Google Analytics 4 is (and will be) a vigorous tool for getting powerful data points to map out the most intricate customer journey. And a website marketing funnel isn’t complete without (at least) one form that leads a step closer to a conversion.
We must set up form tracking and form submission events very precisely. GA4 offers multiple ways to do so. Follow along if you’re searching for how to correctly track forms in your Google Analytics account.
But first of all…
Why track form conversion data?
Forms can be a part of the any phase of the funnel. As such, a successful form submission brings both actionable inputs and revenue down the line. But, for it to be successful, we must track forms.
Google Analytics form tracking enables you to:
- Monitor form views and understand which forms are seen most frequently
- Find out which forms get the most submissions
- Know the form conversion rates (number of successful submission)
- Improve the forms that don’t convert as much
- Find out how users found your website and
- On which pages they were when they submitted the form.
Why Custom Form Tracking?
You can set up form submission tracking in Google Analytics pretty easily, but for this example you will need Google Tag Manager as well.
Do you have an event tracking strategy with an accent on the custom event type?
Just as a reminder. GA4 offers multiple ways for specialists to track events. They are the following:
- Automatically collected events
- Enhanced Measurement events
- Recommended events
- Custom events
There is the option of form tracking in Recommended events and we’ve written all about it here. Check that out if you’re interested to track a form through that type of event. But this time, we want to track form submissions through a custom event.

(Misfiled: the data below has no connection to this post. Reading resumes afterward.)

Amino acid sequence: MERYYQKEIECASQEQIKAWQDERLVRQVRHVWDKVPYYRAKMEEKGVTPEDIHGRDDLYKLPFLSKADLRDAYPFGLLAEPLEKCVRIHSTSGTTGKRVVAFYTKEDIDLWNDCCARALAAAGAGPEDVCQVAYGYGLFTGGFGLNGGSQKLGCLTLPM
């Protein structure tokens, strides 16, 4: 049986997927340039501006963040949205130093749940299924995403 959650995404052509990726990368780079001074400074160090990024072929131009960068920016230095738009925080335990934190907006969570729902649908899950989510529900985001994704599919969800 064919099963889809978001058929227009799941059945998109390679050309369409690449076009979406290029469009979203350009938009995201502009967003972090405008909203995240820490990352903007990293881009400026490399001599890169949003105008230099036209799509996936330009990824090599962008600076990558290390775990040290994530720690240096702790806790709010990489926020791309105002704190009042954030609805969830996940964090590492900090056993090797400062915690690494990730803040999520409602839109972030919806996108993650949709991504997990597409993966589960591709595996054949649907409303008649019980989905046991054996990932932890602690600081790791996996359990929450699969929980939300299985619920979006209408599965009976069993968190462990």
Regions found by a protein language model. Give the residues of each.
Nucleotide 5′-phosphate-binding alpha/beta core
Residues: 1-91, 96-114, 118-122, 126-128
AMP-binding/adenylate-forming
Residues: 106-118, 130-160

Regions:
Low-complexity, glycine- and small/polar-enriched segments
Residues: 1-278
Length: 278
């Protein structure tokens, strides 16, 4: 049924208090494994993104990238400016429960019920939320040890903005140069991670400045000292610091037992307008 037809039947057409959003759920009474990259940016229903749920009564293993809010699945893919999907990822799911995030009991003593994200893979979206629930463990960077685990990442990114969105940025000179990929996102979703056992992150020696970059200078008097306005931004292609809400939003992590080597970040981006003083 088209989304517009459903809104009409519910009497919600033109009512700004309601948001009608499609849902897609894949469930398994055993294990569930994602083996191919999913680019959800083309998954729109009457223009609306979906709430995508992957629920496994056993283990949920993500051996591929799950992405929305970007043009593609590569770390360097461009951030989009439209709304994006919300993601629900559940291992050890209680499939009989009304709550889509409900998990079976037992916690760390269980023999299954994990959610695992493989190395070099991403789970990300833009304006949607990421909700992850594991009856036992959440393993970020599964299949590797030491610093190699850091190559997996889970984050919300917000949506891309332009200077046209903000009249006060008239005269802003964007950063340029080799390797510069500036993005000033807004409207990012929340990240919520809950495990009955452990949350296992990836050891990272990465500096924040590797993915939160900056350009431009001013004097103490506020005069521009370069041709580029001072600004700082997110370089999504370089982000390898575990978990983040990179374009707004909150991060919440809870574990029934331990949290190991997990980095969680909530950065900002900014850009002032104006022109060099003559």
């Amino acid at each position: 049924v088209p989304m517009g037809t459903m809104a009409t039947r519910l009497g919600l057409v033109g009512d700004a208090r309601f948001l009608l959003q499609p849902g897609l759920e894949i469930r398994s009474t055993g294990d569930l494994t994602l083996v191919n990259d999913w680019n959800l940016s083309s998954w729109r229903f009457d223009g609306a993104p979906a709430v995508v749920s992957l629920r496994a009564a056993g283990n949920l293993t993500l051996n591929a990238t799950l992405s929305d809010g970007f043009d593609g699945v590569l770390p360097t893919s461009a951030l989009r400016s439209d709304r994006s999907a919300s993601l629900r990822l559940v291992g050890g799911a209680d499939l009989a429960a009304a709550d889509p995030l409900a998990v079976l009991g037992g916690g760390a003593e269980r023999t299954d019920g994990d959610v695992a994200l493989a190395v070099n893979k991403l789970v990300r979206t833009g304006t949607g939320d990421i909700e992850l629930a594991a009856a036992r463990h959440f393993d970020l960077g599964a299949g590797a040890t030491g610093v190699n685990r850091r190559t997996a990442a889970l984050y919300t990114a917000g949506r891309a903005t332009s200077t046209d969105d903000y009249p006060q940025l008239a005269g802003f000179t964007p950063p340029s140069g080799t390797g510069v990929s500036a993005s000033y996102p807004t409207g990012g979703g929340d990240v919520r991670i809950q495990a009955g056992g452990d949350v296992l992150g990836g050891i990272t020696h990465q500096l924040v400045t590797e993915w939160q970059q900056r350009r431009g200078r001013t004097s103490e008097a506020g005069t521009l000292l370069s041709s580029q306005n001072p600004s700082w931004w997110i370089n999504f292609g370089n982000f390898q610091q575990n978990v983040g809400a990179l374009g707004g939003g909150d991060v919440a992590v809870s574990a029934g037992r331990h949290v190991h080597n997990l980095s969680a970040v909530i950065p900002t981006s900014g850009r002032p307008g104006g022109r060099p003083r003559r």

The reason is depth of data and insight.
Multi-Step Form Tracking
For every business operating online, it’s vital to track conversions with a well-thought-out event setup. Basic analytics configuration won’t cut it with multi-step form tracking. It can easily miss important form data and hinder your ability to make informed decisions.
Custom form tracking gets the most out of Google Analytics 4. We’re gonna show you how.
How to Set Up Google Analytics Form Tracking
A slightly finer event setup is to send data to Google Analytics 4 once the user starts to fill out the form, completes the first step, or opens the popup where the form is. A crucial thing for this tracking method is using Google Tag Manager to do tag configuration and manage tags.
This way of form tracking is infinitely better than just having information about submitted forms. Because, with multi-step form submission tracking, you can see the ratio between started and completed forms.
Even if everything is correctly set, naturally the discrepancy between the start and end might be quite significant. So the next logical question should be : At what point is my user dropping off?
We wouldn’t have a successful submission tracking if we didn’t know this descrepancy. Now you can take complete advantage of Google Tag Manager & Google Analytics 4 events.
By tracking froms with each step and sending the events to GA4, you can create form analytics reports in GA4 and form new hypotheses about your funnel. These report will serve you a great purpose as you can get an insight into the customer journey from opening up the form to completing it.
Now you can see how many users have completed each of the steps and what are the potential bottlenecks of form submission. You can easily know where users decide not to continue with the form submission, and you can learn more about your users and adapt your funnel.
Multi-Step Form Tracking: Client Use Case Scenario